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Assembly candidate, vaccine skeptic Benjamin Yu talks about how COVID-19 sent him to ICU

Assembly candidate Benjamin Yu wasn’t vaccinated when he spent New Year’s in Las Vegas. A week later, when he was back home, the Lake Forest resident was so sick with COVID-19 and his oxygen levels so dangerously low that a local hospital admitted him to intensive care.

The previously healthy 39-year-old said he’s lost “weight, stamina and strength” over the past two weeks. Family and friends who helped take care of Yu also have become sick. At times, he said he’s wanted to bump his head against the wall to “relieve the pain and hopelessness.”

As of Thursday, Yu was still on oxygen at home and struggling to speak. But he used written messages to communicate that he believes he’s now on the path to recovery.

In “hindsight,” Yu said he realizes that being vaccinated “may possibly reduce the severity or duration of the episode.” (Data shows unvaccinated adults are 13 times more likely to end up hospitalized and 20 times more likely to die from the virus.) Yu said he’s considering getting vaccinated when he’s well, “possibly after a few months.” And he’s encouraging others to wear N95 masks and practice good hygiene as the Omnicron variant surges.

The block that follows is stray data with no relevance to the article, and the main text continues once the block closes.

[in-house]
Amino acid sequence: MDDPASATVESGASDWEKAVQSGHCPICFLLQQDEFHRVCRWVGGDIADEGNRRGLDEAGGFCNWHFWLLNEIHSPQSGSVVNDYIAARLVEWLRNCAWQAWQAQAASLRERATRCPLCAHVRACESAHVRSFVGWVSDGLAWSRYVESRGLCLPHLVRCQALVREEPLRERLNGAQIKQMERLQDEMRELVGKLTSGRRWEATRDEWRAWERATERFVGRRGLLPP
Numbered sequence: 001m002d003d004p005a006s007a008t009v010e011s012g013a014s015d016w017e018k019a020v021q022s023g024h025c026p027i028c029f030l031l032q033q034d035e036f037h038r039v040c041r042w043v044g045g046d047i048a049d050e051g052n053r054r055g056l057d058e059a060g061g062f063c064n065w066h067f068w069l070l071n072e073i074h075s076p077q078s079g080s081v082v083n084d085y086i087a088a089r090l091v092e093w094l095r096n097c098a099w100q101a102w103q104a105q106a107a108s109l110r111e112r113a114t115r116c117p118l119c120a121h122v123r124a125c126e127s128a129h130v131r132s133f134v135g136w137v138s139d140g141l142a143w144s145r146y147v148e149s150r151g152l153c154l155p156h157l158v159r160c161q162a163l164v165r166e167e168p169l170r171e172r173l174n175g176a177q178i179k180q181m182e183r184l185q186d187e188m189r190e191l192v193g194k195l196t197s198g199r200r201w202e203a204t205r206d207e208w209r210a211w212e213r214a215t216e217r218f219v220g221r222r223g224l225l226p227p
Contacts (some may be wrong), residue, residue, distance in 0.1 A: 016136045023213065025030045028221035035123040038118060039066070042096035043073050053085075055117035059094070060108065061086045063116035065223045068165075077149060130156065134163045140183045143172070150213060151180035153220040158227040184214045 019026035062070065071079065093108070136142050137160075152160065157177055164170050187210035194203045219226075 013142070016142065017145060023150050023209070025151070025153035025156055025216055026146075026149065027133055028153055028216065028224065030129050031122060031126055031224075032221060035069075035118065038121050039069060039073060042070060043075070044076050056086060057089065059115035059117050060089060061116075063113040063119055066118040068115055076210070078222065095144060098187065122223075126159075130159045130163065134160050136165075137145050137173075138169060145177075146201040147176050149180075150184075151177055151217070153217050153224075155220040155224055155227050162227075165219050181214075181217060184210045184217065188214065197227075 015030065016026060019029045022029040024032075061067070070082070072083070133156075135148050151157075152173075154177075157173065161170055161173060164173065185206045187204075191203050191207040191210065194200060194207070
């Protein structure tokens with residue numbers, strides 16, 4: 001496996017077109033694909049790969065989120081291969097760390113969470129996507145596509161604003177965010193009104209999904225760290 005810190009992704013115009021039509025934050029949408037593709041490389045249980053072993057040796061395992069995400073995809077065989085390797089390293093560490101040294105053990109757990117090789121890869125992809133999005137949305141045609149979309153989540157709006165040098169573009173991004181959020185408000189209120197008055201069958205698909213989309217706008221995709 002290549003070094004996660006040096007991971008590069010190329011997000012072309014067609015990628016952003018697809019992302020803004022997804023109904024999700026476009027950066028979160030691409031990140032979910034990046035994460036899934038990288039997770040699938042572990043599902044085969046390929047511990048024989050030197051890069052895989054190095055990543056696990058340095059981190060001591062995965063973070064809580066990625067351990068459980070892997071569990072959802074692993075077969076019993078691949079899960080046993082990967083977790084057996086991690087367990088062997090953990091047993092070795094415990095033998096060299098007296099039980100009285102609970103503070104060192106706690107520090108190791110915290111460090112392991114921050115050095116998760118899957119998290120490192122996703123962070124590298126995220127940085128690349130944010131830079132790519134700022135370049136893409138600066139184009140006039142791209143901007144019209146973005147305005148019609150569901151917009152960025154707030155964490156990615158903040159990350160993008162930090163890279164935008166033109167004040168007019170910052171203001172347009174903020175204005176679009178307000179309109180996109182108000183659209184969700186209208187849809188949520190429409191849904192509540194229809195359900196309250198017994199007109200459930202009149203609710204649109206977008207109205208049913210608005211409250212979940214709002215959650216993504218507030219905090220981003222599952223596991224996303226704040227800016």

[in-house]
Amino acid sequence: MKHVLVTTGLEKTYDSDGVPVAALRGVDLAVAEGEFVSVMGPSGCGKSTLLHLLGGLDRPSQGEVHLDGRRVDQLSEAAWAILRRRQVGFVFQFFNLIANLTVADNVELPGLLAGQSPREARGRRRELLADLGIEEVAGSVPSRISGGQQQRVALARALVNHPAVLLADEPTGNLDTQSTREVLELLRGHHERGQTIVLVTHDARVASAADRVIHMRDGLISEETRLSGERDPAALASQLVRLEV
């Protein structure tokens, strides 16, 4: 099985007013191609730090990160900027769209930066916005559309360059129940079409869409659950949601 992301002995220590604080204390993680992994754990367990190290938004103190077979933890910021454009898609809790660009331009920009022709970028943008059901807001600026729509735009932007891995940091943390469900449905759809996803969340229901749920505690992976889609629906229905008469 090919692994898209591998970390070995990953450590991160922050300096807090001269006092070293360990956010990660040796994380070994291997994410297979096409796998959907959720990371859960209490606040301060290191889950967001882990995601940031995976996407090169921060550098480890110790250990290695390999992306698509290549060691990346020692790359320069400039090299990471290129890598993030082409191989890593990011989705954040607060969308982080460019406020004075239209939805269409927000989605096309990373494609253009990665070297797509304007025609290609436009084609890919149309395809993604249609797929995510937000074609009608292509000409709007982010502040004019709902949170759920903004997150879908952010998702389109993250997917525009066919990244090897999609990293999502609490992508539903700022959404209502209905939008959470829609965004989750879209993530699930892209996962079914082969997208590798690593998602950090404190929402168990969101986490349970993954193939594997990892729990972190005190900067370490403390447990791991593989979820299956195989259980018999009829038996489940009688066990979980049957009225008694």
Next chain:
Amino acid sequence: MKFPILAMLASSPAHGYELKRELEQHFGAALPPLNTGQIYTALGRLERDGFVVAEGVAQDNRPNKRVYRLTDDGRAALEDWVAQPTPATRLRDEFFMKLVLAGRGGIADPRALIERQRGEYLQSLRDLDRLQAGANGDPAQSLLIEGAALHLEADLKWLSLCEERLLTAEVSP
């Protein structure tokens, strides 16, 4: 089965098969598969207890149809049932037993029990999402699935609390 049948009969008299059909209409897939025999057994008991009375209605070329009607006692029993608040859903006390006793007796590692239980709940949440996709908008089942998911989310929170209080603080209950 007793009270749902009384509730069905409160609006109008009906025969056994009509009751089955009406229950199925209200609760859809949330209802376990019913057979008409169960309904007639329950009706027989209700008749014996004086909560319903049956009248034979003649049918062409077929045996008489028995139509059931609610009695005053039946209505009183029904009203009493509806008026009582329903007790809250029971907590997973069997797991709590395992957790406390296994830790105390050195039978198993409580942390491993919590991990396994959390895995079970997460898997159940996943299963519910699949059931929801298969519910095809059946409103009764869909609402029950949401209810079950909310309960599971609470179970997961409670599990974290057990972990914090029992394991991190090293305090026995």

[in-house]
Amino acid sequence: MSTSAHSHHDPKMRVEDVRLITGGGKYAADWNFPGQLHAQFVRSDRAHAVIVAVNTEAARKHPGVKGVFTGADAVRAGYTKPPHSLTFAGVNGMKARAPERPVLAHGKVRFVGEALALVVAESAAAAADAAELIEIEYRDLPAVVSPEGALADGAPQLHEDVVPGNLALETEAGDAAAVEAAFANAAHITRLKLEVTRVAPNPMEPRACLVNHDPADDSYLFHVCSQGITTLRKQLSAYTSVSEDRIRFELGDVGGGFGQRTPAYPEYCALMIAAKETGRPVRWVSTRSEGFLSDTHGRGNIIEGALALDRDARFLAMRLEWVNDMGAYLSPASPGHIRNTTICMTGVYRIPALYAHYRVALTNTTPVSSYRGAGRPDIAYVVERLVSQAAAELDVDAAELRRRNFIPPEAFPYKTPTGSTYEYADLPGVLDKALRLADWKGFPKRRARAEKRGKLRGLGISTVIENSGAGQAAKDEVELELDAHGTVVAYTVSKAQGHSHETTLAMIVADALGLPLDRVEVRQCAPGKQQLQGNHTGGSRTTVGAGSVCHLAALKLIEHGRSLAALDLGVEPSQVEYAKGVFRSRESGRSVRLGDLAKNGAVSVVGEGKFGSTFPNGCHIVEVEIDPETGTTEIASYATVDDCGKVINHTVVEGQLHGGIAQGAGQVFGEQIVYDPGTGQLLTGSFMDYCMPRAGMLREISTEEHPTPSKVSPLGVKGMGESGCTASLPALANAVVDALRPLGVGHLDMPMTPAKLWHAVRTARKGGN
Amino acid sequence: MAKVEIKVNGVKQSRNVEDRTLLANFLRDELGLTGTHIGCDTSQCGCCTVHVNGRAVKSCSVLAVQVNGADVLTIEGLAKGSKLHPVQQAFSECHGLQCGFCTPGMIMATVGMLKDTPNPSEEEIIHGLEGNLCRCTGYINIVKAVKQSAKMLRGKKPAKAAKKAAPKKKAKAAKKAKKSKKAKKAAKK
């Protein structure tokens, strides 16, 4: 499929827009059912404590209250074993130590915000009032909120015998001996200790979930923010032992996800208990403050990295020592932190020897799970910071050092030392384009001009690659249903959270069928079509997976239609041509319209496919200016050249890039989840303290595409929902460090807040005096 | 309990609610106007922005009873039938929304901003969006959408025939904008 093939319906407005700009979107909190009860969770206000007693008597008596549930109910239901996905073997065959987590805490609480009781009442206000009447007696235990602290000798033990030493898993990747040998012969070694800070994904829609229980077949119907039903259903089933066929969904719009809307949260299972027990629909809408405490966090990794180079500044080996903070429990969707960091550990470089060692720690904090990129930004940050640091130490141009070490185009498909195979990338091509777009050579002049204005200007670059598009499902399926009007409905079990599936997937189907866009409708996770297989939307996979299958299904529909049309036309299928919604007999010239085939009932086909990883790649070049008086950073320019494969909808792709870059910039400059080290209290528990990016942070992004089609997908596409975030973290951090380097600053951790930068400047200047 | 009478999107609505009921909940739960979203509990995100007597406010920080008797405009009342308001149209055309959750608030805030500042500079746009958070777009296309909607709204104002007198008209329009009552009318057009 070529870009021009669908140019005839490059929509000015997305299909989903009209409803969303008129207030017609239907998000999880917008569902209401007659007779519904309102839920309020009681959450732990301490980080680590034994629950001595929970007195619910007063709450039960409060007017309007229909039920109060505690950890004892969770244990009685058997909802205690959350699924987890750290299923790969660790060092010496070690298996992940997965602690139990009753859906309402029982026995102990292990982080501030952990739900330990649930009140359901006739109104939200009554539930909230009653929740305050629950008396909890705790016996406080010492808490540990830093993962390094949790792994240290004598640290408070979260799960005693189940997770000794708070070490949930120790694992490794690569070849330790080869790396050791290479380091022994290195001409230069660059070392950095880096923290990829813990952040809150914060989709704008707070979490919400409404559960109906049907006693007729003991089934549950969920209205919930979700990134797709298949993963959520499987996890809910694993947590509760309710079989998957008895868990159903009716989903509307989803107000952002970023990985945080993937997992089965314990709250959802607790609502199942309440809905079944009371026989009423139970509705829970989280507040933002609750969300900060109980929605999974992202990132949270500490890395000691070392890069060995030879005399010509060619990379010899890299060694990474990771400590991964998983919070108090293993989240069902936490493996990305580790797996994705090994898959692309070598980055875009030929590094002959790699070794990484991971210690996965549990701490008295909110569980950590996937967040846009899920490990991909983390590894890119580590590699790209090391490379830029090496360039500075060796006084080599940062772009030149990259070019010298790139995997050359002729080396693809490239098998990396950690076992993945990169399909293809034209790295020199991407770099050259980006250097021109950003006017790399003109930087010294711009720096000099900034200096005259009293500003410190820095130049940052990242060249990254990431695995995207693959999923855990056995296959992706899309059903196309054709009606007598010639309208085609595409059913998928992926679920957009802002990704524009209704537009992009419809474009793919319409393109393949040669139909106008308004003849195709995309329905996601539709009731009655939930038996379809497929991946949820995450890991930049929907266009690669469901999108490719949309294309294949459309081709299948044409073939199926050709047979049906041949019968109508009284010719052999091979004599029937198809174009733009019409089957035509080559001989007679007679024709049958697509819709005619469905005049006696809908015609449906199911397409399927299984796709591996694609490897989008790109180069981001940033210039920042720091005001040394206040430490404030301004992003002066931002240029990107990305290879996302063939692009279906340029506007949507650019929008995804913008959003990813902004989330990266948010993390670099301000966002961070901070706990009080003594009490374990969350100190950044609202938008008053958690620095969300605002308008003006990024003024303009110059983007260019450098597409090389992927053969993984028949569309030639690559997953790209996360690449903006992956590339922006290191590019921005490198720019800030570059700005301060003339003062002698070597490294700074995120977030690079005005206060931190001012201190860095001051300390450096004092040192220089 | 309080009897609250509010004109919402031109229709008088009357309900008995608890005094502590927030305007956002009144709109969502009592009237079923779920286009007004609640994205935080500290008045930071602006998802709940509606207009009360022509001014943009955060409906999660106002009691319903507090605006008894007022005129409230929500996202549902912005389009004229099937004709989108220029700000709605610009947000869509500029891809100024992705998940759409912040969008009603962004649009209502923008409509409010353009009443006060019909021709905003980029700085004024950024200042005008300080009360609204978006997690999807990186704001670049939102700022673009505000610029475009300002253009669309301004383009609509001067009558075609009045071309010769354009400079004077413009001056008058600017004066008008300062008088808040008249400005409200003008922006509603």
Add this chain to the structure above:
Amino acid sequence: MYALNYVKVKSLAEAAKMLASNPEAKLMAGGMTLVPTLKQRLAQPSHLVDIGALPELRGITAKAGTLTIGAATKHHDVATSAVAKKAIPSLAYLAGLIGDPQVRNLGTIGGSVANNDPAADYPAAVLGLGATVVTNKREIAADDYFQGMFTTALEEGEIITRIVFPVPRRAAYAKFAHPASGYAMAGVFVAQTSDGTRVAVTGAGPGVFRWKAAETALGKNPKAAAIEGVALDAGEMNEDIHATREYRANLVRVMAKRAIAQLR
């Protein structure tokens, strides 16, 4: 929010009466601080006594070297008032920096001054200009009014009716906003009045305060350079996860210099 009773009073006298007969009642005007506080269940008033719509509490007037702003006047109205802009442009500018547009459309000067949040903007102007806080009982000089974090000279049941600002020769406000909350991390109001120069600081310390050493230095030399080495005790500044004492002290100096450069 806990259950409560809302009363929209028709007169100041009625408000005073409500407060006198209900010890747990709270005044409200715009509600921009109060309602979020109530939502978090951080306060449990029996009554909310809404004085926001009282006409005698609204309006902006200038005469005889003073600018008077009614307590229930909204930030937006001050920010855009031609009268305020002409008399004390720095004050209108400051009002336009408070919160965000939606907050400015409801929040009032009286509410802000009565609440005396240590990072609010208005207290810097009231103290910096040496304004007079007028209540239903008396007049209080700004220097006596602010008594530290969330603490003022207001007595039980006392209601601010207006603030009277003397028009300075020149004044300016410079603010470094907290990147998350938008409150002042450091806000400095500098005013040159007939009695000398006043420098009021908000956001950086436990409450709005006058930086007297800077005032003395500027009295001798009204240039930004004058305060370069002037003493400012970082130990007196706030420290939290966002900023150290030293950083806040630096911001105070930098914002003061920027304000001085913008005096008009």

“It’s not only for ourselves but for others,” Yu said.

As news of Yu’s condition spread online over the past week, the Republican’s brush with severe COVID became the latest flashpoint in the partisan battle over this public health crisis.

Some on the left seized on Yu’s hospitalization — which came just days after the death of local GOP activist Kelly Ernby, who also wasn’t vaccinated and who Yu called a “great friend” — as the latest example of someone suffering consequences of a poor decision that mirrors misinformation coming from the right.